Is one type of bankruptcy better than another?

Bankruptcy Lawyer Bryan W. Stone answers the question: “What is Chapter 13 bankruptcy?”


If you’re considering filing for bankruptcy one of things you’re likely concerned about is the impact filing can have on your credit report and thus on your financial future. Filing now may be the right thing to do, but you also likely have plans for down the road that you don’t want to see go up in flames thanks to the bankruptcy. Some are curious to know whether one type of bankruptcy is better for your future credit score than another. To learn more, keep reading.


Number 13 Charlotte Bankruptcy LawyerFirst things first, let’s be clear that filing for bankruptcy will not be good for your credit in the short-term, regardless of what type you end up filing. Bankruptcy is bad news for your credit and your score will drop precipitously after filing. The good news is that the damage isn’t permanent, with bankruptcies eventually dropping off your credit report. Additionally, something that many people forget is that while bankruptcy can be hard on your credit early on, in the long-run freeing you from all that debt and allowing you to start fresh can be a boon financially.


Something to consider when weighing your options is the length of time each form of bankruptcy will remain on your credit history. Generally, Chapter 7 bankruptcies remain on your credit report for a full 10 years after filing. Chapter 13s, however, typically fall off sooner. In most Chapter 13 bankruptcies, credit reports will stop showing them after 7 years has passed, meaning the previous damage will cease to be visible sooner.


In terms of the damage caused by both Chapter 7 and Chapter 13, the impact on your score is likely similar. Both will result in a big tumble and both will improve over time. Though the damage to the score may be similar, the harm may not last as long under a Chapter 13 given that the bankruptcy falls off your report sooner. Additionally, future creditors typically take into account the differences between a Chapter 13 and a Chapter 7 when reviewing your credit history, and this can prove to be an important factor.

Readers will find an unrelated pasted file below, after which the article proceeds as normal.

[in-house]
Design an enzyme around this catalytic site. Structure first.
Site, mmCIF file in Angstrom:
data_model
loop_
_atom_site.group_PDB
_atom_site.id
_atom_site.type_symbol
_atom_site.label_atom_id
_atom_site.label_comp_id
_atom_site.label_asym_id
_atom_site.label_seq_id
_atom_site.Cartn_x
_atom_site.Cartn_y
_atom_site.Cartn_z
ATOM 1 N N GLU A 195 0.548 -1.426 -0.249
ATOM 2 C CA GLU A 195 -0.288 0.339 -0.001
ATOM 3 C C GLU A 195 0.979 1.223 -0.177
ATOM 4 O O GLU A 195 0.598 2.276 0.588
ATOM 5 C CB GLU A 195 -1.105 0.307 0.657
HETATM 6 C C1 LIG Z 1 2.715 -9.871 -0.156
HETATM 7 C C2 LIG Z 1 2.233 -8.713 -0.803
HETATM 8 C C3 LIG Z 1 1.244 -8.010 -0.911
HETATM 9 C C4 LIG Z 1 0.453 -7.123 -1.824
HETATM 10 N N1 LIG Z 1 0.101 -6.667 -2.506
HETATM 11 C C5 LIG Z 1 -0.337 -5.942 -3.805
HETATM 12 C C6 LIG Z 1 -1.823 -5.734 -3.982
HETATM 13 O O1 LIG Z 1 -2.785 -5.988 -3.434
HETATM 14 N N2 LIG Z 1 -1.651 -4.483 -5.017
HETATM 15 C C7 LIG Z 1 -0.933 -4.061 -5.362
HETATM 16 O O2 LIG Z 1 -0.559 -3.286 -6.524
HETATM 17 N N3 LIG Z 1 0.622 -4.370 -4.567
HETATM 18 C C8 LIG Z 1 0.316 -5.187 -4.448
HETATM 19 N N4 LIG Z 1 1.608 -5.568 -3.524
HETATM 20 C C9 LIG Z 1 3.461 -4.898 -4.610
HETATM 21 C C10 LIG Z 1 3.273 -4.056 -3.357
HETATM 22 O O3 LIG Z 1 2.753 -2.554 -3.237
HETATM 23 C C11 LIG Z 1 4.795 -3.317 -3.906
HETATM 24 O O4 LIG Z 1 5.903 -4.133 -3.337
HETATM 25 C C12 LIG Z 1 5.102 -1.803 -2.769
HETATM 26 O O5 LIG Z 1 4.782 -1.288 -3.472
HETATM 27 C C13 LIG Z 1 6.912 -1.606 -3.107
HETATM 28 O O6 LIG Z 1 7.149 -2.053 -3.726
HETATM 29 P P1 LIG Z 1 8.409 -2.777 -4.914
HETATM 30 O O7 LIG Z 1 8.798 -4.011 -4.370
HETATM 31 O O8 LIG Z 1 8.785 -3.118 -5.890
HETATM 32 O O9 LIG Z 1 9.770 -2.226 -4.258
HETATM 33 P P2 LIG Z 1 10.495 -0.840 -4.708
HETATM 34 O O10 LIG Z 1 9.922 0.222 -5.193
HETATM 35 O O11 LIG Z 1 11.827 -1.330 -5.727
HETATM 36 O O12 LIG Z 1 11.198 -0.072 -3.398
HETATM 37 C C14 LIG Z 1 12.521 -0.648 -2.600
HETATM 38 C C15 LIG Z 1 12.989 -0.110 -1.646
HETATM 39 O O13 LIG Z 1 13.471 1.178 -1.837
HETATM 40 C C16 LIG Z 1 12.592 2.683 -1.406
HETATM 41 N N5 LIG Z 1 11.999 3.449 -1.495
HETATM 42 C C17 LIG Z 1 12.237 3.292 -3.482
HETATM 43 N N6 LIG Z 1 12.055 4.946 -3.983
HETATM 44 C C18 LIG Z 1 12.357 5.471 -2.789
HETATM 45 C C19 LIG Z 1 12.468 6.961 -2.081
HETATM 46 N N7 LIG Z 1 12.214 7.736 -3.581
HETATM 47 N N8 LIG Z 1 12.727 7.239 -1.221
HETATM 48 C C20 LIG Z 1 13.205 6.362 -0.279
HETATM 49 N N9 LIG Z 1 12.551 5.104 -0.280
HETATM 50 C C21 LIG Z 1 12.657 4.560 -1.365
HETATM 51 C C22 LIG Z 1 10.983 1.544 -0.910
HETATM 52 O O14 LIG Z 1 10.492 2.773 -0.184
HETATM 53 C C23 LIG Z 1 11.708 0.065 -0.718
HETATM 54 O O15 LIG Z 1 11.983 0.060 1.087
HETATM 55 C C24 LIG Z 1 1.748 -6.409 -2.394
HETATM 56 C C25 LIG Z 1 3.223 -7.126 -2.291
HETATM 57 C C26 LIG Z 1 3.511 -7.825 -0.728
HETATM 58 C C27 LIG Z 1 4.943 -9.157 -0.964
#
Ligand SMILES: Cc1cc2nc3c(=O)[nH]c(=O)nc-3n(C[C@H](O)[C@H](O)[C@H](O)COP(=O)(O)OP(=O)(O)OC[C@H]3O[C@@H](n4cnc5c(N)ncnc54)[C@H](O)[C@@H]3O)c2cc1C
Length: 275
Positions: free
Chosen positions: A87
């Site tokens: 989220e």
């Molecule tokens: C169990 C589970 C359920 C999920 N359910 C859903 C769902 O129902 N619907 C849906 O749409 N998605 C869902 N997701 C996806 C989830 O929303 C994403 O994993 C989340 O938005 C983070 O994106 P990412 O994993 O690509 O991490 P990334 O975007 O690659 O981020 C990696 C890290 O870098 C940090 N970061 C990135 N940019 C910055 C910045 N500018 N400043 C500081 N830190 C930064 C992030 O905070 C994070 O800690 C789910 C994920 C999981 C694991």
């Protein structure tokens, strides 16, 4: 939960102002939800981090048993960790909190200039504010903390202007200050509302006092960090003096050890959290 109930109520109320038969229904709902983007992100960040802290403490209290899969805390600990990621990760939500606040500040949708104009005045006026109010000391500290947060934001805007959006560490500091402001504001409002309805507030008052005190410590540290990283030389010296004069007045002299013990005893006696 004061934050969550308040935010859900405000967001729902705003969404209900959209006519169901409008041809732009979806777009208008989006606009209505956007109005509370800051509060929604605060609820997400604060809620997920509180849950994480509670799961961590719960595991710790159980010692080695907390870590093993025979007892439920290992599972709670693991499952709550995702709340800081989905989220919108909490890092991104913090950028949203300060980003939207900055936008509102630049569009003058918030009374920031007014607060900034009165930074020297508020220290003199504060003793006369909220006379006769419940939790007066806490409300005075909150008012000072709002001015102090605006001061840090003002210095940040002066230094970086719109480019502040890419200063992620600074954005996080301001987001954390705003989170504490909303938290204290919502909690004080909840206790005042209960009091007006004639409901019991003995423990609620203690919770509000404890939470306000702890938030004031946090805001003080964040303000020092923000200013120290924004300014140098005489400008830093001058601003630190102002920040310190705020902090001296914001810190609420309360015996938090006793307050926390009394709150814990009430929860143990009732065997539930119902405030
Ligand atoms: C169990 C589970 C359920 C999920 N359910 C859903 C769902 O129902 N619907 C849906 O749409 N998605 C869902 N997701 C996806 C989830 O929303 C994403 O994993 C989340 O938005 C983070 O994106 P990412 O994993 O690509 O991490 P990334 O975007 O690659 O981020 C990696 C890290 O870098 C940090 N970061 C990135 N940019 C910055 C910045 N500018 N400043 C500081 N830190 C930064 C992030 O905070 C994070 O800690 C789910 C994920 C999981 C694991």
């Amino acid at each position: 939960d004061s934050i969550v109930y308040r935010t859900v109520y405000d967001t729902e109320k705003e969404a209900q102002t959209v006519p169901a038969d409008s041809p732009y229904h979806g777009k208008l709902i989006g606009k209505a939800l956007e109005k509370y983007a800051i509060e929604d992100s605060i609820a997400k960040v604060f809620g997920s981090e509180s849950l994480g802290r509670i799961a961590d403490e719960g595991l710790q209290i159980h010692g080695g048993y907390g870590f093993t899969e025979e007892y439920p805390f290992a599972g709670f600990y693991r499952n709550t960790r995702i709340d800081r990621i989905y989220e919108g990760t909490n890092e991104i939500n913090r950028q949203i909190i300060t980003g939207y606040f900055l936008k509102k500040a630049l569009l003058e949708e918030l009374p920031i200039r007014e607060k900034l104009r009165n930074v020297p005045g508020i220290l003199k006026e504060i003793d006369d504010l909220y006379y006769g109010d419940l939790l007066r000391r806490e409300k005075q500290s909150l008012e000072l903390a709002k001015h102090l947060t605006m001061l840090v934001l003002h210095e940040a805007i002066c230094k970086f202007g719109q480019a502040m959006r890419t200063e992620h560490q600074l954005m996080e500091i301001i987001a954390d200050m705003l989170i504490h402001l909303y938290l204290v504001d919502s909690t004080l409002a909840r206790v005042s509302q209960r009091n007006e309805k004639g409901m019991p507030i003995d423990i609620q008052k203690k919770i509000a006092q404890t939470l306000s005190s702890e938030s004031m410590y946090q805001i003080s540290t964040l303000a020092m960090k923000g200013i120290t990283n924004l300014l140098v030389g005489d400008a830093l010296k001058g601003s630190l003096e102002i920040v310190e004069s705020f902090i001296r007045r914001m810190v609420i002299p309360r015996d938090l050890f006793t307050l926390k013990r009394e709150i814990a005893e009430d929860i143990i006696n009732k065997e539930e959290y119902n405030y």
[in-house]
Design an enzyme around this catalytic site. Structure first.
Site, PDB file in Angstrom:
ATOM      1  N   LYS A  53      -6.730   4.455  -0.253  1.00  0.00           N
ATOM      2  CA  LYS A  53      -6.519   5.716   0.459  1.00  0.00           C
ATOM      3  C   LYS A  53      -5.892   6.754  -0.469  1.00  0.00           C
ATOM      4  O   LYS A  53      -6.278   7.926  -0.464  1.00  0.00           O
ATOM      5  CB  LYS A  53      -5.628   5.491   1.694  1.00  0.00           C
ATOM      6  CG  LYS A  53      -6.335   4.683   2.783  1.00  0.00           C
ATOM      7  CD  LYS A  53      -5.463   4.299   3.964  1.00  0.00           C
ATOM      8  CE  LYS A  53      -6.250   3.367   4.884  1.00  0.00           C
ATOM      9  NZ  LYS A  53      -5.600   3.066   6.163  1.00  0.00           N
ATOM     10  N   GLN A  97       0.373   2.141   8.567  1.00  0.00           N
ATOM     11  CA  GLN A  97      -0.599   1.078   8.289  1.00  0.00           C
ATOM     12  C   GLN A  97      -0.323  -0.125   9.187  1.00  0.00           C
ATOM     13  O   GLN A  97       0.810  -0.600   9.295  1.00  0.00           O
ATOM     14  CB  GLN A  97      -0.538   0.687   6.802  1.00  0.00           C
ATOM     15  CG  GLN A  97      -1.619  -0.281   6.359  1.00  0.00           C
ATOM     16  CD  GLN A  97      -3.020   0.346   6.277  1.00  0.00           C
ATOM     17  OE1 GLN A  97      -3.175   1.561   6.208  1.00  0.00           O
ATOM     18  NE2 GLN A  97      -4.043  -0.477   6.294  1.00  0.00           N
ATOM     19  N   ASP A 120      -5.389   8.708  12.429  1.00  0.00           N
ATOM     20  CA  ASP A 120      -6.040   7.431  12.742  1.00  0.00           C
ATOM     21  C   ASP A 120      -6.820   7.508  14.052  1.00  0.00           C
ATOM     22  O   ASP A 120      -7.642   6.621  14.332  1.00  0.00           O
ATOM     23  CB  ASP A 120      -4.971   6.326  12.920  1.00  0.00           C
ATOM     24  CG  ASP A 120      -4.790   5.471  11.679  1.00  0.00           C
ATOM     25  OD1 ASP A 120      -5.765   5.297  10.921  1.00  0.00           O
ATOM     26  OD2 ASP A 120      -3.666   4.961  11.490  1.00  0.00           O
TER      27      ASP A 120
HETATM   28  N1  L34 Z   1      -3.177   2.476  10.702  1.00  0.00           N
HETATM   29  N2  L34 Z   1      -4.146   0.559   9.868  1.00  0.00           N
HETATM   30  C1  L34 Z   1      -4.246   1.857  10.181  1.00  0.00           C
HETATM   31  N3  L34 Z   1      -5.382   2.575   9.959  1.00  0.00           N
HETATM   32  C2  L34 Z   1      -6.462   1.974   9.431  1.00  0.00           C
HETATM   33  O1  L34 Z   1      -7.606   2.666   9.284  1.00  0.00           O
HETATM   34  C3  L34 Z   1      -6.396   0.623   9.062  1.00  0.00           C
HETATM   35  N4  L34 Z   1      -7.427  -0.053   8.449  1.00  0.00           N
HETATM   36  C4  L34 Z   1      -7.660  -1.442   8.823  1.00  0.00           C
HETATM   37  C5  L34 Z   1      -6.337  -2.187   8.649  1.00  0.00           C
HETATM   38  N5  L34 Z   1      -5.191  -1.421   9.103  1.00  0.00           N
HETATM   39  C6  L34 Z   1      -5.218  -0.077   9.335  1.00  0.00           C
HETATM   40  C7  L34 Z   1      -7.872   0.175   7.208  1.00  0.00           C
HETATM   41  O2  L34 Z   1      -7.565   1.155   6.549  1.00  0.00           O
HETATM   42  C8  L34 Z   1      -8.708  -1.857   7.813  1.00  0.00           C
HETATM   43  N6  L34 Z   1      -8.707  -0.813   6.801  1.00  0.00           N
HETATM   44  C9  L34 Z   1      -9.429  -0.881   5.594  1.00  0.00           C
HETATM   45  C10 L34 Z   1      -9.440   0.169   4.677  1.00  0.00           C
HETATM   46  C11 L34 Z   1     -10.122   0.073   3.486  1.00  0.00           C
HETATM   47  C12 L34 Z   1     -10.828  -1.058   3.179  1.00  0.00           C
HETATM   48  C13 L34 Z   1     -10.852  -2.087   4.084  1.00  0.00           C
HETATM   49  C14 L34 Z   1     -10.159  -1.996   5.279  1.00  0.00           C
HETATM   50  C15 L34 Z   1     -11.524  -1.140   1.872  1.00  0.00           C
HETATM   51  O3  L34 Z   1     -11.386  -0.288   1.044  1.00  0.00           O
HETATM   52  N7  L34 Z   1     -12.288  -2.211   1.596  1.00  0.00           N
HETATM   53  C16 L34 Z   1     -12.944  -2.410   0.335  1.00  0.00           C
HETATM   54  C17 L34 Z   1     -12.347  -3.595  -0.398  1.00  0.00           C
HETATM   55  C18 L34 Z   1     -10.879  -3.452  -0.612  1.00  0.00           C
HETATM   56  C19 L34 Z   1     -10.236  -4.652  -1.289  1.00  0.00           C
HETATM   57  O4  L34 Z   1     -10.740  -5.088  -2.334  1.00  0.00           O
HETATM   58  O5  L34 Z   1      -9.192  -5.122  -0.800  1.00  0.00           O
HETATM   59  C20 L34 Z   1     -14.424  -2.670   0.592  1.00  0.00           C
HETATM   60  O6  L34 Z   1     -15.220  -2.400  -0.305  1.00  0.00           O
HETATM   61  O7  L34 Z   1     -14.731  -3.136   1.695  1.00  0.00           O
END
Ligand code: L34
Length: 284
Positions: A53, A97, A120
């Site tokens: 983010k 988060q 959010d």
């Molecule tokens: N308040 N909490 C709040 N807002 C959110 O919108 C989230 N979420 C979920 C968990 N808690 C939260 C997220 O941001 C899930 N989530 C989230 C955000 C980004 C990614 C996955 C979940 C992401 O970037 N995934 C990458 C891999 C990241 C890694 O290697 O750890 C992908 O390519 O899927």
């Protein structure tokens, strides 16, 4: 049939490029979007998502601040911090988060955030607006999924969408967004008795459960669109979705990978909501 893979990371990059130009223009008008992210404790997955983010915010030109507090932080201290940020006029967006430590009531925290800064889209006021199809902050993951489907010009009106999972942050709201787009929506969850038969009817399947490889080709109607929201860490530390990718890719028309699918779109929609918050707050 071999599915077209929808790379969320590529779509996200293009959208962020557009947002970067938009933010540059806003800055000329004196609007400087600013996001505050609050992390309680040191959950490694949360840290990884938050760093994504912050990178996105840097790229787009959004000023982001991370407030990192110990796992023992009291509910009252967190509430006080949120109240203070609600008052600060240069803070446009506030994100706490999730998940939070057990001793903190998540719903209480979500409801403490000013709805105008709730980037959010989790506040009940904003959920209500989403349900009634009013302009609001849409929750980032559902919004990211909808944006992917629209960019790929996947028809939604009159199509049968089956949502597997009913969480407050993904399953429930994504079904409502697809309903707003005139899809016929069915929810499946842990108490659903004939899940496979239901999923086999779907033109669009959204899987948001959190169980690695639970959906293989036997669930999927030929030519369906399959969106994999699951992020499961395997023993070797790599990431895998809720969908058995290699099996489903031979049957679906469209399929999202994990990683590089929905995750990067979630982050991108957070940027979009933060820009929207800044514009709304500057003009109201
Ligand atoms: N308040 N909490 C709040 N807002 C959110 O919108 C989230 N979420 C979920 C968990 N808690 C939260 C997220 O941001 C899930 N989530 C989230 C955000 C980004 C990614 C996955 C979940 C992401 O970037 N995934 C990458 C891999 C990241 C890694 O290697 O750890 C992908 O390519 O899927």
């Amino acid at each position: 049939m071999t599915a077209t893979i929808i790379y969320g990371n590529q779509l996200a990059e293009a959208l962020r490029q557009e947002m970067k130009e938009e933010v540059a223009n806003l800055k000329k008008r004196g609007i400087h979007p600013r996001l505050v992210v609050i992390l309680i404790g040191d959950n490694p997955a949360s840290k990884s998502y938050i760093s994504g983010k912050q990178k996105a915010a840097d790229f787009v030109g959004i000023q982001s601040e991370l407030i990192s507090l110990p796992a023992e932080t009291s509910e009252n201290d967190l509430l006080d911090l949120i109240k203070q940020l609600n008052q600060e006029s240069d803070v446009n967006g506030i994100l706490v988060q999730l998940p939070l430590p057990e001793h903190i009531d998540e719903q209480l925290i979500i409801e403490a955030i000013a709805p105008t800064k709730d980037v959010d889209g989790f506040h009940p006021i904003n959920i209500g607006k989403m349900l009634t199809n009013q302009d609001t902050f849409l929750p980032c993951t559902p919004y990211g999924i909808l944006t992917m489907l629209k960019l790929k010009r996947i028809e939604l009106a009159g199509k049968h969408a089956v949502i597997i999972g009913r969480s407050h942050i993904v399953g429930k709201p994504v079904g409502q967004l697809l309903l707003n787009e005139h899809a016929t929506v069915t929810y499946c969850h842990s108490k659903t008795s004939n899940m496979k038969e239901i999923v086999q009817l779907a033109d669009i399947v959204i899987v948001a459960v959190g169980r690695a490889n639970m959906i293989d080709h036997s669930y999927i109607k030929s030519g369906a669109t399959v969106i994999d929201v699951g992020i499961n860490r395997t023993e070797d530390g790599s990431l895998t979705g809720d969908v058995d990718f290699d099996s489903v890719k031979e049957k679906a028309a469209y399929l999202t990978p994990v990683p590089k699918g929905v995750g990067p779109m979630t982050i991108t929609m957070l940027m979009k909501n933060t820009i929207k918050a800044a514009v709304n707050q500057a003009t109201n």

In a Chapter 13 bankruptcy, a debtor files to restructure debts and pay them over a three to five-year period. In a Chapter 7, debtors wipe out their debts, typically without paying them back. Though both are forms of bankruptcy, lenders tend to look more favorably on those with Chapter 13 bankruptcies on their records, viewing this as a slightly more responsible way of handling debt because efforts were made at repayment.


It should be underlined that there are no hard and fast rules when it comes to bankruptcy. Each situation is different and the way they impact your scores will be unique given your current and future credit history. Though experts generally agree that a Chapter 13 bankruptcy does less harm to your credit than a Chapter 7, that isn’t to say a Chapter 13 is right for everyone. If you’ve consulted with an experienced bankruptcy attorney and you both agree that a Chapter 7 is best, then that’s the path you should take. After all, that’s much better than trying a Chapter 13 you aren’t prepared for only to have that fall apart down the road.


If you are contemplating bankruptcy in the Charlotte area, please call the skilled lawyers at Arnold & Smith, PLLC find additional resources here. As professionals who are experienced at handling all kinds of bankruptcy matters, our attorneys will provide you with legally sound advice for your particular situation.


About the Author

Kyle Frost Bankruptcy Lawyer Student loan attorneyKyle Frost joined Arnold & Smith, PLLC in 2013 where he focuses his practice on all aspects of civil litigation and bankruptcy, including: Chapter 7, Chapter 11, Chapter 13, home loan modifications and landlord-tenant issues.

Born and raised in upstate New York, Mr. Frost attended the University at Albany on a Presidential Scholarship, graduating magna cum laude with a double major in Political Science and Sociology.  He went on to attended Wake Forest University School of Law in Winston Salem, North Carolina.

Following college, Mr. Frost spent over a year teaching English in South Korea. He worked in a private school in Seoul developing curriculum, English programs, and educating both children and adults that were interested in learning a new language.

In his spare time, Mr. Frost enjoys homebrewing, fishing, and travelling.





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